by Angela Lentisco
I attended the panel on gender and fisheries as part of the Centre for Maritime Research (MARE) Conference in Amsterdam, during 26 to 28th June 2013. This was the 7th People and the Sea Conference and the full title of the panel sessions was: Engaging Gender for Sustainable Fisheries Livelihoods and Improved Social Wellbeing: Perspectives from the Global North and South.
The panel presentations (which you can download from the links on this page) were food for thought, covering aspects related to gender and fisheries/marine/coastal environment, and the improvements that need to be done in the value chain, particularly on markets, identifying possible negative consequences, and ways to empower women with special attention given to women’s own perceptions of their occupational activity and their sense of self-worth. The role that women play in social cohesion and community wellbeing appeared several times during the panel, but so did the concern on women’s overburden, and the possibility of gender based violence as an unfortunate consequence of changes in gender roles. This issue was also explored during the presentation on maritime masculinities, and the expressed need to focus some of the research on men, due to the important role they also must play in attaining equitable societies. I presented the future directions of the Genderaquafish network and discussed in more detail potential joint initiatives between the Too Big to Ignore Project and the Gender Network during coffee/lunch breaks.
The first presenter was V.Vivekananandan. He talked about the traditional fishing roles in Trivandrum, Kerala, India, where women are involved in post-harvest and marketing, and men in the fishing. The presenter looked at the impact that market forces have had in fisheries livelihoods, particularly on the negative impact on women’s livelihoods – Chasing the Fish—on Shore: Livelihood Adaptations of Trivandrum Fisherwomen to Decline in Beach Landings and Changes in Marketing Systems. However, the story is somewhat different with regards to the women of the Trivandrum District, who have taken “the lion’s share of fresh and chilled fish”. These women organized themselves to access more quantity of fish than that one offered in their village by the fishermen. They make 3 times more than the men by selling fish. However, they still face some issues, such as access to water, transport and credit as well as lack of facilities for stocking their products, and facing long hours of work. Thanks to the National Rural Development Programme, they are working now to address those issues, by improving the participation of women in market management bodies and improving transport, among others.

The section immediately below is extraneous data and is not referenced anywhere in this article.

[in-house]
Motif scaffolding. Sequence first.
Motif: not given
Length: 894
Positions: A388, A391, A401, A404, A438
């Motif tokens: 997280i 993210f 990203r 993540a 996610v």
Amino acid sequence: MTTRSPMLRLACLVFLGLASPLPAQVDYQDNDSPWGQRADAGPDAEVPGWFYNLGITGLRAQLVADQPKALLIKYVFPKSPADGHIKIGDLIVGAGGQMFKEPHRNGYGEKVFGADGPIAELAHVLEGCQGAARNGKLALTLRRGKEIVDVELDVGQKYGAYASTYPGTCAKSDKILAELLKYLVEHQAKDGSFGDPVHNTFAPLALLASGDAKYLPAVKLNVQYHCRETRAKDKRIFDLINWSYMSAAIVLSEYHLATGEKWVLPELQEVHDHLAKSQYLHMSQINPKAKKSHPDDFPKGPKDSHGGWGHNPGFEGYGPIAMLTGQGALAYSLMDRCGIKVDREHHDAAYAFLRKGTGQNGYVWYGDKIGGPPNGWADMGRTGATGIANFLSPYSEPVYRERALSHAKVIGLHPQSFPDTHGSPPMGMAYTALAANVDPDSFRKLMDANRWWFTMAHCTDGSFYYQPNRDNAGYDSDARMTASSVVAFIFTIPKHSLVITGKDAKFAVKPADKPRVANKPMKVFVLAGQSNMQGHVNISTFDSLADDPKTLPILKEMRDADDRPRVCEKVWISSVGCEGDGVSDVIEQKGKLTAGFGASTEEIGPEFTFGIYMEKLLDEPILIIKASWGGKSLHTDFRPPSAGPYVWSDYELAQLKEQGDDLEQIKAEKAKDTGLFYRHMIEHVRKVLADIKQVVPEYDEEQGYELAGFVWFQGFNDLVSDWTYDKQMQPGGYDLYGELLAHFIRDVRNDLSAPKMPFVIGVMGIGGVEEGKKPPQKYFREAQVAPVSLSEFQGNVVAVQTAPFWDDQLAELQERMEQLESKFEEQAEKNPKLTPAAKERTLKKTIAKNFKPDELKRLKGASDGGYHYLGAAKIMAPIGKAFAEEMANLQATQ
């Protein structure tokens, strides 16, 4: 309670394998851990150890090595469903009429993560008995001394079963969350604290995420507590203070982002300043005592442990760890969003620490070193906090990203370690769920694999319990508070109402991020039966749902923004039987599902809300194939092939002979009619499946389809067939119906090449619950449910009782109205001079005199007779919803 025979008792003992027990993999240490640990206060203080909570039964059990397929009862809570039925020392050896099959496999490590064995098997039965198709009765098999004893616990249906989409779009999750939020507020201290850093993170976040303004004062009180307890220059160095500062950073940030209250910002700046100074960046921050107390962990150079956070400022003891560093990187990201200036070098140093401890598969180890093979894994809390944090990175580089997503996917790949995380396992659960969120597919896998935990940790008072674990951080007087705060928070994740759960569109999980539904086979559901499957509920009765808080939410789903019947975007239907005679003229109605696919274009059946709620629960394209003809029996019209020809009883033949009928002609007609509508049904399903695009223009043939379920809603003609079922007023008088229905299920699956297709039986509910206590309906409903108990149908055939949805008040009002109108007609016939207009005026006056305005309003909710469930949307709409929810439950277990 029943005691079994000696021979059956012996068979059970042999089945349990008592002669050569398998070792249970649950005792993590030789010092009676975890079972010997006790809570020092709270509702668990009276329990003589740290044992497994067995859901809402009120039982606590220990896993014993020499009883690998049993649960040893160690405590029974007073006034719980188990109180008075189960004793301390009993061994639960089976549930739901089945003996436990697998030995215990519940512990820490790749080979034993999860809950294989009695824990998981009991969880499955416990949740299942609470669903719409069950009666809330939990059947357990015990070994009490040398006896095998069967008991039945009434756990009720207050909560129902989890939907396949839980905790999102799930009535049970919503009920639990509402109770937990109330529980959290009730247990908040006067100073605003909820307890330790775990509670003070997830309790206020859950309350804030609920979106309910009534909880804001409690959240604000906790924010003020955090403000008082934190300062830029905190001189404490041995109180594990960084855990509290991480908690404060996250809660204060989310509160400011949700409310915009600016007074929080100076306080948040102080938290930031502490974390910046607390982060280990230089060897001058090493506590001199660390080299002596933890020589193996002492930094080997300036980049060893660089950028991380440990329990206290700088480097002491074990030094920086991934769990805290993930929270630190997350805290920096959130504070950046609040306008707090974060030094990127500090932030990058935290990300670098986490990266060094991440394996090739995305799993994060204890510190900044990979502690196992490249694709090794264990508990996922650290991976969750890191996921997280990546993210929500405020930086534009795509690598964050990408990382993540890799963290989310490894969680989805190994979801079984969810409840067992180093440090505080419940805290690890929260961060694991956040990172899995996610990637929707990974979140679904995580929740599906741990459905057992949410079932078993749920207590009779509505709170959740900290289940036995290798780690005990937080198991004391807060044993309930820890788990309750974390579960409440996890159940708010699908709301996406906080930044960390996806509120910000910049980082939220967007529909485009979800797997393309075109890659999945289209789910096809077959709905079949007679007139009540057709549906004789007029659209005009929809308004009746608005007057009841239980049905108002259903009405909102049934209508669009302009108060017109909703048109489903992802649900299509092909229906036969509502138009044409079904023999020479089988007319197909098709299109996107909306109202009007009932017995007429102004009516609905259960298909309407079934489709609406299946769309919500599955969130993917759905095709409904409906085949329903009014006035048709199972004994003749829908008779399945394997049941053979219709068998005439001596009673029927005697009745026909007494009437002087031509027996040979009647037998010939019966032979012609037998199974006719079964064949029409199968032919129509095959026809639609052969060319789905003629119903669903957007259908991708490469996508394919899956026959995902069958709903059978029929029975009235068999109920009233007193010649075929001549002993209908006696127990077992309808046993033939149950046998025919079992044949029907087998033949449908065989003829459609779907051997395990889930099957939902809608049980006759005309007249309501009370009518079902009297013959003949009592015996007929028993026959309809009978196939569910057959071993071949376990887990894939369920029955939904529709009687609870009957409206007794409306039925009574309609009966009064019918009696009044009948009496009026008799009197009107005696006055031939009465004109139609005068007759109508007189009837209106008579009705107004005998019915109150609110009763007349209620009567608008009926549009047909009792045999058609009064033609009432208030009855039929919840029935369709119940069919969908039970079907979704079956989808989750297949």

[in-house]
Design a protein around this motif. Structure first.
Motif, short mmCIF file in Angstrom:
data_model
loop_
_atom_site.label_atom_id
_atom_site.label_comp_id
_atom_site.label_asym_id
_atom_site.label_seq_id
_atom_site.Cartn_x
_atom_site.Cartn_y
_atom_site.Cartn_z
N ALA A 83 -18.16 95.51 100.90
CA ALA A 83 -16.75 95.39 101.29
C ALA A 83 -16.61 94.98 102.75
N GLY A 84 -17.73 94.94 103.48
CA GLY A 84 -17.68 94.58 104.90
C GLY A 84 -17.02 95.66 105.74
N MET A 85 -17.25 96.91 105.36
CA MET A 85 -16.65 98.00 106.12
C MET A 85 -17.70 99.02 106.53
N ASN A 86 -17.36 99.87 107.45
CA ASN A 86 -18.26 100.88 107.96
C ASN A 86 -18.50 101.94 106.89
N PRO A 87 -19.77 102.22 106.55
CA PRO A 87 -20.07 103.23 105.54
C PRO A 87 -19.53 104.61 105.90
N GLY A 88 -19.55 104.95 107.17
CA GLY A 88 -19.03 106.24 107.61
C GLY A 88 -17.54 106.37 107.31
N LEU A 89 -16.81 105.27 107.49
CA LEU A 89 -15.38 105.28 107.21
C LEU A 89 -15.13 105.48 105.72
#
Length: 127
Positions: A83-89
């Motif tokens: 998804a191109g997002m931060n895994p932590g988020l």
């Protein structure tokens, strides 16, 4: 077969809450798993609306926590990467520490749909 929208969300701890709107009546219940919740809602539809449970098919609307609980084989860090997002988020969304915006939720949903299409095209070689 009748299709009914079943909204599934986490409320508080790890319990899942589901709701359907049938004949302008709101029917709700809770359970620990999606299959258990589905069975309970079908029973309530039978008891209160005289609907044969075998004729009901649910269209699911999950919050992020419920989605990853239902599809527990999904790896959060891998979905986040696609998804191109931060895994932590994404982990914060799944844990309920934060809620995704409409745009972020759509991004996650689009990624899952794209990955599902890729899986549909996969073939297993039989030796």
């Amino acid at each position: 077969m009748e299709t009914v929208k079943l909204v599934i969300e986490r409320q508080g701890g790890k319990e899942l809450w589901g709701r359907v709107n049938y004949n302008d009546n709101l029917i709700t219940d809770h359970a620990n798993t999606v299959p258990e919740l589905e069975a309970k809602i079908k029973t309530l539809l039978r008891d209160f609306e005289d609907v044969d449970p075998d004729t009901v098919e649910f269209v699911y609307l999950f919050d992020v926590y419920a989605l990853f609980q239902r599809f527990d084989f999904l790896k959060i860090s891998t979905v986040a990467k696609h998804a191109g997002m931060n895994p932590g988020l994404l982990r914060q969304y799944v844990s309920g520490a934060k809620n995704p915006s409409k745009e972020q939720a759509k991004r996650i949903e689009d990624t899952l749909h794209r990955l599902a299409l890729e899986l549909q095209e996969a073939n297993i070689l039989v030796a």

The second presentation was by Elizabeth Mathews. The title of her presentation was “Using a gender perspective to improve marine conservation and fisheries management programs”. The Wildlife Conservation Society (WCS) carried out a rapid assessment to evaluate internally how they are taking into account gender issues, particularly by looking how the use of a gender lens can improve the community based fisheries management interventions carried out by the organization. She then recommended taking 3 main areas for consideration: use a value chain approach when designing projects, empower women and get them involved in decision-making, and understanding better who are the winners and losers when identifying negative and unintended consequences of WCS projects.